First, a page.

5-12 farm to school

5-12 farm to school

Lunch doesn’t fall far from the (apple) tree

Lunch doesn’t fall far from the (apple) tree

By Wayne Dominick

Eating local – the trendy byword in food circles – has found its way to Kentucky school cafeterias, with the help of a Kentucky Department of Agriculture program that links local growers with schools.

“It just makes so much sense,” said Tina Garland, who coordinates the Farm to School program. “Why should our students be eating food that’s been shipped over a thousand miles while there is so much good, nutritious food right here in Kentucky?” 

While the students benefit from fresh, local produce, the farmers get another market for their produce. The program is a collaboration among the USDA, the Kentucky Department of Agriculture, the University of Kentucky Extension and Nutrition Education Program, the Department of Education, the U.S. Department of Defense and the Department of Public Health.

According to Garland, 84 counties are participating in the program in one way or another, and she continues to travel the state to make that number grow.
“Right now, the biggest challenge is finding the right matches – farmers that can meet the needs of the districts in their area,” she said.

PHOTO: Orchard owner Bill Jackson checks the buds on one of the trees that will be supplying apples for the Bowling Green Independent Schools in the fall.

In Warren County, she linked Bill Jackson, owner of Jackson’s Orchards, with Kim Simpson, food service operations coordinator for Bowling Green Independent School District.

Two years ago, Jackson started supplying Simpson with apples, later expanded to peaches, and has since helped Simpson find local suppliers for asparagus, blueberries and strawberries. Bowling Green Independent also buys hydroponically grown lettuce and tomatoes from a local grower.

“I have to admit,” Jackson said, “I was a little skeptical at first. I had approached the schools years ago and was turned away. But Tina assured me that things were different and we could work things out.”

Even with his reservations, Jackson saw supplying the schools with fresh, locally grown apples as a way to make a positive change on student eating habits. “You give a kid a good, tasty apple and they’ll eat it. Do it long enough and before you know it, you’ll have kids eating apples instead of candy bars,” he said.

Garland said Jackson’s skepticism is something she hears from most producers. “The first thing I have to do is change the producer’s mindset. They have been told for so long that they couldn’t sell to the schools and they’re a little leery of making a commitment.”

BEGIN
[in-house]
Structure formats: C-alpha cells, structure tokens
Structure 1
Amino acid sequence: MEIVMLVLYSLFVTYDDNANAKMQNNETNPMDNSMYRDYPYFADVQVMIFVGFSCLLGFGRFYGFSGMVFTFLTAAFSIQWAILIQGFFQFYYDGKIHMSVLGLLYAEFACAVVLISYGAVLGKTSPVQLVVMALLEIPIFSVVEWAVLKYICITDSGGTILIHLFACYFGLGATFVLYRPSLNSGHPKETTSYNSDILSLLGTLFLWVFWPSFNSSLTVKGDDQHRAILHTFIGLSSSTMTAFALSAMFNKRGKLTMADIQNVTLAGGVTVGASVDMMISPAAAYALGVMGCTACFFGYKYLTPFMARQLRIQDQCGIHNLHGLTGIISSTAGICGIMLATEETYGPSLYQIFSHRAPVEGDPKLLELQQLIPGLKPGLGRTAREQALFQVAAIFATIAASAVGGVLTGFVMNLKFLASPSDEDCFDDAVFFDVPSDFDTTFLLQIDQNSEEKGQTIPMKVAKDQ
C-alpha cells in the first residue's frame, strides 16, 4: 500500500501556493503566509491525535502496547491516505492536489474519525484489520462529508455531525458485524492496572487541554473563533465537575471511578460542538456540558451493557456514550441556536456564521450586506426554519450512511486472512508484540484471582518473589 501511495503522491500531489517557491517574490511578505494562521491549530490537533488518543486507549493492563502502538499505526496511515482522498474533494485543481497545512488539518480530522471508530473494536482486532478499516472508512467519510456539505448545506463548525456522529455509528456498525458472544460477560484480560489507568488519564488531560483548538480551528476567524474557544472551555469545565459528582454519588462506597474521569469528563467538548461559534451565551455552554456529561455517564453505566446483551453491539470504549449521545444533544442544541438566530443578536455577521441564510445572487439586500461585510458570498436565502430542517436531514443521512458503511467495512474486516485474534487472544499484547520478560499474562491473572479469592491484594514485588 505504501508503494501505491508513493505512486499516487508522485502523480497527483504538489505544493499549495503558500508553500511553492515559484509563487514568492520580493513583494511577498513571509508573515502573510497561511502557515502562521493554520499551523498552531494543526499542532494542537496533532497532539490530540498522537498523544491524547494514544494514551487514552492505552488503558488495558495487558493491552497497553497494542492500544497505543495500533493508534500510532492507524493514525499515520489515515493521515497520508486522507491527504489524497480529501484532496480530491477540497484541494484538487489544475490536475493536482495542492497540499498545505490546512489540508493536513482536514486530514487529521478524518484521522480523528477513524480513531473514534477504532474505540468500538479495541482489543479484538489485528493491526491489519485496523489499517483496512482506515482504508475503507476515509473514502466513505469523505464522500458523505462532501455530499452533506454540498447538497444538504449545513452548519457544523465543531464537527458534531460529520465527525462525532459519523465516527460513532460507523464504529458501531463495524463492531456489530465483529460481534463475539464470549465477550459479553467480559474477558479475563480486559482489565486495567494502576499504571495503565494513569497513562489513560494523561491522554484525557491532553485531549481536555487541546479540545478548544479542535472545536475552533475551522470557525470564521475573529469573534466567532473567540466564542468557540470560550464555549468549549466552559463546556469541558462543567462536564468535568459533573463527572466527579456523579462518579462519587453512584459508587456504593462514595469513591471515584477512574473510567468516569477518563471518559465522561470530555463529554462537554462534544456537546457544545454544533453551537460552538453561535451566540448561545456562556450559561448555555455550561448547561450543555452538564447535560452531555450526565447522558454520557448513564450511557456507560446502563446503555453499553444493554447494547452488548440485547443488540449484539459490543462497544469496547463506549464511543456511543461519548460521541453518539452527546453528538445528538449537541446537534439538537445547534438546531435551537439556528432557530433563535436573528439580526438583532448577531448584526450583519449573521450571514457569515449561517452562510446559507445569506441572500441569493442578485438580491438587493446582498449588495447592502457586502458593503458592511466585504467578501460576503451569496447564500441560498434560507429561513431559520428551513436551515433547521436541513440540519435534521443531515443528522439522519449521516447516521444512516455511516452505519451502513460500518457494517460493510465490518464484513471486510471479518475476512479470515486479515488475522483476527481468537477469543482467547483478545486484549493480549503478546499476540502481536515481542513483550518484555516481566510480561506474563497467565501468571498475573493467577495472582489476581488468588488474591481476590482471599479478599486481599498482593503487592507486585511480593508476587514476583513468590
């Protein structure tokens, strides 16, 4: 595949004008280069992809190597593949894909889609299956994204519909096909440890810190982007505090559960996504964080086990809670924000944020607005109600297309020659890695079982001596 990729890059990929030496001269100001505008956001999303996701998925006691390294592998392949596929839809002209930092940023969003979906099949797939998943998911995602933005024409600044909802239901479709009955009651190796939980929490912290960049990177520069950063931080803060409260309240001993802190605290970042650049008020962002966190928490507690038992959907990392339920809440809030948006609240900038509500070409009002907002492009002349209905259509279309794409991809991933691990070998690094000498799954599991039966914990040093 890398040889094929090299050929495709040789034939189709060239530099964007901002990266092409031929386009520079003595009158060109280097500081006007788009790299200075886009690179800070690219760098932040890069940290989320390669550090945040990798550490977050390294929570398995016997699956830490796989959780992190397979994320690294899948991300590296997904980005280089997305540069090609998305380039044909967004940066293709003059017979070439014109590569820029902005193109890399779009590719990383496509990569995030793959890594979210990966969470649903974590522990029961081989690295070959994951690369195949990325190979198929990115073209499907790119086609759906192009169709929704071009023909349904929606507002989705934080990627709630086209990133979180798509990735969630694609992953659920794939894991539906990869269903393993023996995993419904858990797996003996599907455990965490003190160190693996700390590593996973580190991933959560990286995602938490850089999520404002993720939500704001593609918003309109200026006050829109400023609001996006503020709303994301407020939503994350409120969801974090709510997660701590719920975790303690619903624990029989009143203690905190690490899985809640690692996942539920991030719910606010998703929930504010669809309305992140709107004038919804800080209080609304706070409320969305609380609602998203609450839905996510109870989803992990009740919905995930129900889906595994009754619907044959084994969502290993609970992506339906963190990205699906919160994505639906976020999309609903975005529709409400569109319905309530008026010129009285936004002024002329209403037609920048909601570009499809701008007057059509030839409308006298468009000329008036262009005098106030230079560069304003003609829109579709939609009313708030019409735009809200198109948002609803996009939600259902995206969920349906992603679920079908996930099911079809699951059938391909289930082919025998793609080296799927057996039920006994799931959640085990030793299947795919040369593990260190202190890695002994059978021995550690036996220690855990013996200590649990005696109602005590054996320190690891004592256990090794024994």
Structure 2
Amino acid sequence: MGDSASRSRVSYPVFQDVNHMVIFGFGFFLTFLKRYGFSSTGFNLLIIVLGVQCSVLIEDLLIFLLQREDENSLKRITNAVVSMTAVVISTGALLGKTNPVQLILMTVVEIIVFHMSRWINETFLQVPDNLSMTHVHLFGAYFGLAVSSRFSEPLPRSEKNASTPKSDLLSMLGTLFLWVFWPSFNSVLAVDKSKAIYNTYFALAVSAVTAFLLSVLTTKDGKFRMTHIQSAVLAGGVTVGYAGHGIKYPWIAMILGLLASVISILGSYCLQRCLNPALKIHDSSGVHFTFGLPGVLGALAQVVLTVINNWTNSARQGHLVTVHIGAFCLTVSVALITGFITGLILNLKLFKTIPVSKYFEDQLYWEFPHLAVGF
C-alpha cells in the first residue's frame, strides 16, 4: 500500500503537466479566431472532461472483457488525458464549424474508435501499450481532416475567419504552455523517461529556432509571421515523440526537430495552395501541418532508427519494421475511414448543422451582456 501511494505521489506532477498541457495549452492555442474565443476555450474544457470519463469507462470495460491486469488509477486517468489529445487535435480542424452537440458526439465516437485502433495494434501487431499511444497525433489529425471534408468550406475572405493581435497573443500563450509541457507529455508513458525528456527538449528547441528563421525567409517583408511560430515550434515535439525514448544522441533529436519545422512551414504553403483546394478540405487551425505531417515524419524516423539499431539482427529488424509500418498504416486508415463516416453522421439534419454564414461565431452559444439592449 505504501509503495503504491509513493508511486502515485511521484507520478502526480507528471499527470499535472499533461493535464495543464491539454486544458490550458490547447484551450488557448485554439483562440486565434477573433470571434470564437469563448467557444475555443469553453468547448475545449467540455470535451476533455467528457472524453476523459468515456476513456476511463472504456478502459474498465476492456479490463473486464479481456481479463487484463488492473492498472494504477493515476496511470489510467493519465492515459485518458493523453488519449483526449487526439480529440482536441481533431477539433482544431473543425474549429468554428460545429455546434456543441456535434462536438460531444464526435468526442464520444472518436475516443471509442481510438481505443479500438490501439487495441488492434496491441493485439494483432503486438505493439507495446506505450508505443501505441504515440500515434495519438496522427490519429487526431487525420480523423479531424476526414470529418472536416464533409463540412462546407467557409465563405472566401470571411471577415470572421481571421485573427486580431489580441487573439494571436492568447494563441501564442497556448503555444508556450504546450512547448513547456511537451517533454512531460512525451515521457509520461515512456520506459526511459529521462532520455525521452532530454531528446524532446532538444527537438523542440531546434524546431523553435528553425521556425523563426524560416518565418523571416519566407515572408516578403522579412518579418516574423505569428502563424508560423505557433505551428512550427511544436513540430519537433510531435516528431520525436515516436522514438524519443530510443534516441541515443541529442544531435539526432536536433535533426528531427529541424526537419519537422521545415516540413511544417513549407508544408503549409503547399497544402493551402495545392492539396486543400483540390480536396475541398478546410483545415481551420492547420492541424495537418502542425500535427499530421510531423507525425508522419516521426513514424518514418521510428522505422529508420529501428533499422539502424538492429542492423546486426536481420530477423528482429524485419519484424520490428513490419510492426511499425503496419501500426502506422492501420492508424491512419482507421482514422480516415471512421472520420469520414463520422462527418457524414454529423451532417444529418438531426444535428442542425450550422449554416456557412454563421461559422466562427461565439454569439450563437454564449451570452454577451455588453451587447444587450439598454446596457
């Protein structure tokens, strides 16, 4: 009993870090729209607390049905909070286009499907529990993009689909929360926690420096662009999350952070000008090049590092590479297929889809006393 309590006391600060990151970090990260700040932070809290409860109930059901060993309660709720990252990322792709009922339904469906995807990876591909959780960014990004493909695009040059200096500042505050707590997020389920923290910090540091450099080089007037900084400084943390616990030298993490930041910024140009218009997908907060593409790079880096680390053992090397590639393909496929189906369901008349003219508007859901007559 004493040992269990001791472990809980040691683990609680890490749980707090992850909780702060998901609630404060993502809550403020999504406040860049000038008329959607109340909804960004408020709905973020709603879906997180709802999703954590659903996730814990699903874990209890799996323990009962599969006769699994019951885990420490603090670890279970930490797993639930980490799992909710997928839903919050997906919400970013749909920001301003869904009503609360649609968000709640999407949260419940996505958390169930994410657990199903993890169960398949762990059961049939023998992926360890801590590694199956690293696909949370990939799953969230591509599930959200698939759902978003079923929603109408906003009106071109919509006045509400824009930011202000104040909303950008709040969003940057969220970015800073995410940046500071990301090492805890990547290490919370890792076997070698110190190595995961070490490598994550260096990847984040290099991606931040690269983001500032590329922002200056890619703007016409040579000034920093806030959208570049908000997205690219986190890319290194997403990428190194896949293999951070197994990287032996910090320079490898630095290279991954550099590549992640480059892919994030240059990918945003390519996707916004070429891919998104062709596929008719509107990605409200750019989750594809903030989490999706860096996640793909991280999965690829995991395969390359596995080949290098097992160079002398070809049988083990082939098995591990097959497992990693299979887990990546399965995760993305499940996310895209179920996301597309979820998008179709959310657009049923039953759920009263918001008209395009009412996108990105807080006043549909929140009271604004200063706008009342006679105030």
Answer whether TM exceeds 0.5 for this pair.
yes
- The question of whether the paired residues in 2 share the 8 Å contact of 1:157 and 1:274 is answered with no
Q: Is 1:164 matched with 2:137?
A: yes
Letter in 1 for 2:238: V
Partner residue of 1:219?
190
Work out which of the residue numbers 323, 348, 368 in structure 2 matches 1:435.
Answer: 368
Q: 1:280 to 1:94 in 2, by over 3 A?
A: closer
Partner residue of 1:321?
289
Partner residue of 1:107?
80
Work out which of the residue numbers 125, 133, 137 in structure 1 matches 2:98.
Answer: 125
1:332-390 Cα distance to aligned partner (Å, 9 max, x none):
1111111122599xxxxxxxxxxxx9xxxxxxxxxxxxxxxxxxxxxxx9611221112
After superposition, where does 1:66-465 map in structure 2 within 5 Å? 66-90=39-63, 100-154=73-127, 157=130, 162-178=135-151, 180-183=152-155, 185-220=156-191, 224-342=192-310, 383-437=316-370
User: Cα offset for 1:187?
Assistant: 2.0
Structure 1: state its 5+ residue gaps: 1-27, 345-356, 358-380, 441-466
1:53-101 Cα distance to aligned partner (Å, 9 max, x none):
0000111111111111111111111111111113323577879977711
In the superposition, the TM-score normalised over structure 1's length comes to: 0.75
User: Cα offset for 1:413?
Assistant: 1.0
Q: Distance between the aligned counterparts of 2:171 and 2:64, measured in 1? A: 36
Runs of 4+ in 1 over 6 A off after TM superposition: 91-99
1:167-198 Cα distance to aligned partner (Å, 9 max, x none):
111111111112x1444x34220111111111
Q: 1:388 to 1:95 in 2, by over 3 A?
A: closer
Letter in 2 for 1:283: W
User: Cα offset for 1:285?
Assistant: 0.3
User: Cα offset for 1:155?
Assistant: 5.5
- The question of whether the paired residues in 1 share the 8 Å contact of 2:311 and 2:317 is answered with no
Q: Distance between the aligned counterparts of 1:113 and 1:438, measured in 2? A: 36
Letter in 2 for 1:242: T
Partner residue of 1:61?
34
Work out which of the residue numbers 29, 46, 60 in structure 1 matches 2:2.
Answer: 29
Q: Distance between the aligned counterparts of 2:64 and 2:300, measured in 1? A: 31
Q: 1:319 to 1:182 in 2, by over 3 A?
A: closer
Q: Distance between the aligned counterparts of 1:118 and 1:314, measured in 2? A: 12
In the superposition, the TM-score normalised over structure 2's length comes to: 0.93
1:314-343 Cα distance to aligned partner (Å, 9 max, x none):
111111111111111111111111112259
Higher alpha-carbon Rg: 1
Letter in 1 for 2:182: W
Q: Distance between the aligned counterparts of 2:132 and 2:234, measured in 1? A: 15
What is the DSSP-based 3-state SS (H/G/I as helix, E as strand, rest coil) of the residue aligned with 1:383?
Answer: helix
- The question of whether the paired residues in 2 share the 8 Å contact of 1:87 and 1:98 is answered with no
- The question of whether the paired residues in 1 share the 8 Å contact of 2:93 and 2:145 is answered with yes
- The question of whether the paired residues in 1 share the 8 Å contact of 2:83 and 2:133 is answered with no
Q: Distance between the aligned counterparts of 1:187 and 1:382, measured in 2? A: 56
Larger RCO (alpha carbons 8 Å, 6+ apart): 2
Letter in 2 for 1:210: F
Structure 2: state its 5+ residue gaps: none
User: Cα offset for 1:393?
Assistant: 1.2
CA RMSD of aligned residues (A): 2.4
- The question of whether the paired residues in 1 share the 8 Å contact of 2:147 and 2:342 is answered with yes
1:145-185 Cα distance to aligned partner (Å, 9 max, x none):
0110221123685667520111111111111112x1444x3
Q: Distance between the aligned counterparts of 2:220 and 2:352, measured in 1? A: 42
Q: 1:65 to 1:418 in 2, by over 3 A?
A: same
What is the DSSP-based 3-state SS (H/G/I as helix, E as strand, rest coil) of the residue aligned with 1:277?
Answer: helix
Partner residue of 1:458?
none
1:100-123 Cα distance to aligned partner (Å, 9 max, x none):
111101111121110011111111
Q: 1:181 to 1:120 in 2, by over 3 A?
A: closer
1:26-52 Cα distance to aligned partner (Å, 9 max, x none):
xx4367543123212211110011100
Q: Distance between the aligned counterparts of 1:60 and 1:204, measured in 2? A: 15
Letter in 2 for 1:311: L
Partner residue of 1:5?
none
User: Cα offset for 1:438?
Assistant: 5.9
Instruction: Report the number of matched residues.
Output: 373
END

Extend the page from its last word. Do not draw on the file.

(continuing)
For her part, Simpson said she was concerned about having a dependable source. “I wanted to make sure that if I went with a local grower, deliveries would be on time and the quantities I needed could be delivered,” she said.

She added that she has to be more flexible dealing with local growers simply because of the size of their operations.

“I realize that sometimes something will happen and they can’t meet a delivery, so I make sure I have a second option,” she said. “It means a little more work for me, but I think it’s a small price to pay for good quality, fresh produce.”

Bowling Green board member Hamp Moore acknowledged Simpson’s extra effort, “but when I hear about kids wanting more fruits and vegetables, I know it’s worth it. I can’t say enough good things about this program and the great job Kim has done finding suppliers. I don’t see a downside to it.”

If the food trays leaving the line at Bowling Green’s Dishman McGinnis Elementary School are any indication, the produce passes the kid test. “Most of the kids don’t really care where the food came from as long as it tastes good,” Simpson said.

In fact, the students like the fruits and vegetables so much, they are allowed to take as much as they want from the Garden Patch, a section of the food line devoted to a variety of fruits and vegetables.

“The favorites are strawberries, blueberries and, believe it or not, banana peppers,” said cafeteria manager Donna Martinez.
An informal survey of kindergarten students found that eight out of 10 chose a fruit or vegetable as their favorite item on their lunch tray.

Kindergarten student Saleem Tarrence said strawberries are his favorite, “especially the great big ones.”

Third-grader Taniya Atkins picked banana peppers as her top choice. “I bet I could eat a million of them,” she said.

Mary Clemmons, who works at Western Kentucky University’s School of Nursing and visits the school to mentor Taniya, said she has noticed Taniya and her friends eating more fruits and vegetables. “That’s usually the first things they eat off their trays. They really enjoy having a good variety to choose from,” she said.

Garland wants to see Farm to School grow, not only in the number of farmers and districts involved, but also in commodities and producers.

“I’d really like to see the school ag departments get involved and start growing some of the food served at school. They could use hydroponics to supply fresh vegetables all year long,” she said. “I also think there could be a way to get Kentucky cattle producers in the program. Why not serve home-grown beef?”

For more information on Farm to School, contact Tina Garland at (502) 573-0282.

— Dominick is a writer from Frankfort

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